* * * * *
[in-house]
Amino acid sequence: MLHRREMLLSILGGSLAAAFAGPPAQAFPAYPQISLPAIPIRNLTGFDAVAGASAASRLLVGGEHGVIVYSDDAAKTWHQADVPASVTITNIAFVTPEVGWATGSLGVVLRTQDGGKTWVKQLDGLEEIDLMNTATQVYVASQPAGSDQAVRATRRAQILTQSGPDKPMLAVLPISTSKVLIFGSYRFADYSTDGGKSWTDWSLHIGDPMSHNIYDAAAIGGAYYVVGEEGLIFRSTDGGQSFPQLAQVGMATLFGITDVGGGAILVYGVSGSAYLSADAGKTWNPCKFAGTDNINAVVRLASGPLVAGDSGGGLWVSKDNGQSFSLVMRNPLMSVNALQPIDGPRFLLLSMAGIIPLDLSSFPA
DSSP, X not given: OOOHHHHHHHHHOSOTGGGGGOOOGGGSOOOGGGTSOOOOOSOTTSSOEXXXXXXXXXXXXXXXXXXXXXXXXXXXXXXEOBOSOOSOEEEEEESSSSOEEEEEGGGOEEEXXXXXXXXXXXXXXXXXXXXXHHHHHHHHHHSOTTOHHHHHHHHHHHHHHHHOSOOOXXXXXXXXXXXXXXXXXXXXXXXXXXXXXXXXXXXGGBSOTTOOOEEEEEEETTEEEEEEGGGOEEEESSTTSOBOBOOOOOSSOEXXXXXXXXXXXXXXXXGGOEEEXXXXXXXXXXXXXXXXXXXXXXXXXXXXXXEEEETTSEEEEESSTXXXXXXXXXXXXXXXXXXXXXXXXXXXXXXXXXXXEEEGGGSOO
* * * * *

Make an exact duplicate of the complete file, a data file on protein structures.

[in-house]
Amino acid sequence: MLHRREMLLSILGGSLAAAFAGPPAQAFPAYPQISLPAIPIRNLTGFDAVAGASAASRLLVGGEHGVIVYSDDAAKTWHQADVPASVTITNIAFVTPEVGWATGSLGVVLRTQDGGKTWVKQLDGLEEIDLMNTATQVYVASQPAGSDQAVRATRRAQILTQSGPDKPMLAVLPISTSKVLIFGSYRFADYSTDGGKSWTDWSLHIGDPMSHNIYDAAAIGGAYYVVGEEGLIFRSTDGGQSFPQLAQVGMATLFGITDVGGGAILVYGVSGSAYLSADAGKTWNPCKFAGTDNINAVVRLASGPLVAGDSGGGLWVSKDNGQSFSLVMRNPLMSVNALQPIDGPRFLLLSMAGIIPLDLSSFPA
DSSP, X not given: OOOHHHHHHHHHOSOTGGGGGOOOGGGSOOOGGGTSOOOOOSOTTSSOEXXXXXXXXXXXXXXXXXXXXXXXXXXXXXXEOBOSOOSOEEEEEESSSSOEEEEEGGGOEEEXXXXXXXXXXXXXXXXXXXXXHHHHHHHHHHSOTTOHHHHHHHHHHHHHHHHOSOOOXXXXXXXXXXXXXXXXXXXXXXXXXXXXXXXXXXXGGBSOTTOOOEEEEEEETTEEEEEEGGGOEEEESSTTSOBOBOOOOOSSOEXXXXXXXXXXXXXXXXGGOEEEXXXXXXXXXXXXXXXXXXXXXXXXXXXXXXEEEETTSEEEEESSTXXXXXXXXXXXXXXXXXXXXXXXXXXXXXXXXXXXEEEGGGSOO